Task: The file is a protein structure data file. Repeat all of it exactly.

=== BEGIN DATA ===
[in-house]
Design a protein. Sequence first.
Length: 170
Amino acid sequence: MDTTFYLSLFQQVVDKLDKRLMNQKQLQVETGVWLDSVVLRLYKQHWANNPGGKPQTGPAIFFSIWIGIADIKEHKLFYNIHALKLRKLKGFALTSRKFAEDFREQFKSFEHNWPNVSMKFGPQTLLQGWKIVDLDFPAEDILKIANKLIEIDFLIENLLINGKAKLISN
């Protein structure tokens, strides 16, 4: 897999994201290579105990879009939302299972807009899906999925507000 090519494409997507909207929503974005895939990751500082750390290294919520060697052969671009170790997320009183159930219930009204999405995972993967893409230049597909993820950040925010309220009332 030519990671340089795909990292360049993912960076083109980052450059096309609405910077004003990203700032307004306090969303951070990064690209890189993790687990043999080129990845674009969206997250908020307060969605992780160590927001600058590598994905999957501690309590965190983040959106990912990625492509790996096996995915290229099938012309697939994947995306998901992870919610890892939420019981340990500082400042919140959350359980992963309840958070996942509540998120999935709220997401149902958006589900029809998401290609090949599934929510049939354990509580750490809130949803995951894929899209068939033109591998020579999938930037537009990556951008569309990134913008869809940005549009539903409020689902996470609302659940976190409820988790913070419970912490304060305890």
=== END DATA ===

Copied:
[in-house]
Design a protein. Sequence first.
Length: 170
Amino acid sequence: MDTTFYLSLFQQVVDKLDKRLMNQKQLQVETGVWLDSVVLRLYKQHWANNPGGKPQTGPAIFFSIWIGIADIKEHKLFYNIHALKLRKLKGFALTSRKFAEDFREQFKSFEHNWPNVSMKFGPQTLLQGWKIVDLDFPAEDILKIANKLIEIDFLIENLLINGKAKLISN
């Protein structure tokens, strides 16, 4: 897999994201290579105990879009939302299972807009899906999925507000 090519494409997507909207929503974005895939990751500082750390290294919520060697052969671009170790997320009183159930219930009204999405995972993967893409230049597909993820950040925010309220009332 030519990671340089795909990292360049993912960076083109980052450059096309609405910077004003990203700032307004306090969303951070990064690209890189993790687990043999080129990845674009969206997250908020307060969605992780160590927001600058590598994905999957501690309590965190983040959106990912990625492509790996096996995915290229099938012309697939994947995306998901992870919610890892939420019981340990500082400042919140959350359980992963309840958070996942509540998120999935709220997401149902958006589900029809998401290609090949599934929510049939354990509580750490809130949803995951894929899209068939033109591998020579999938930037537009990556951008569309990134913008869809940005549009539903409020689902996470609302659940976190409820988790913070419970912490304060305890």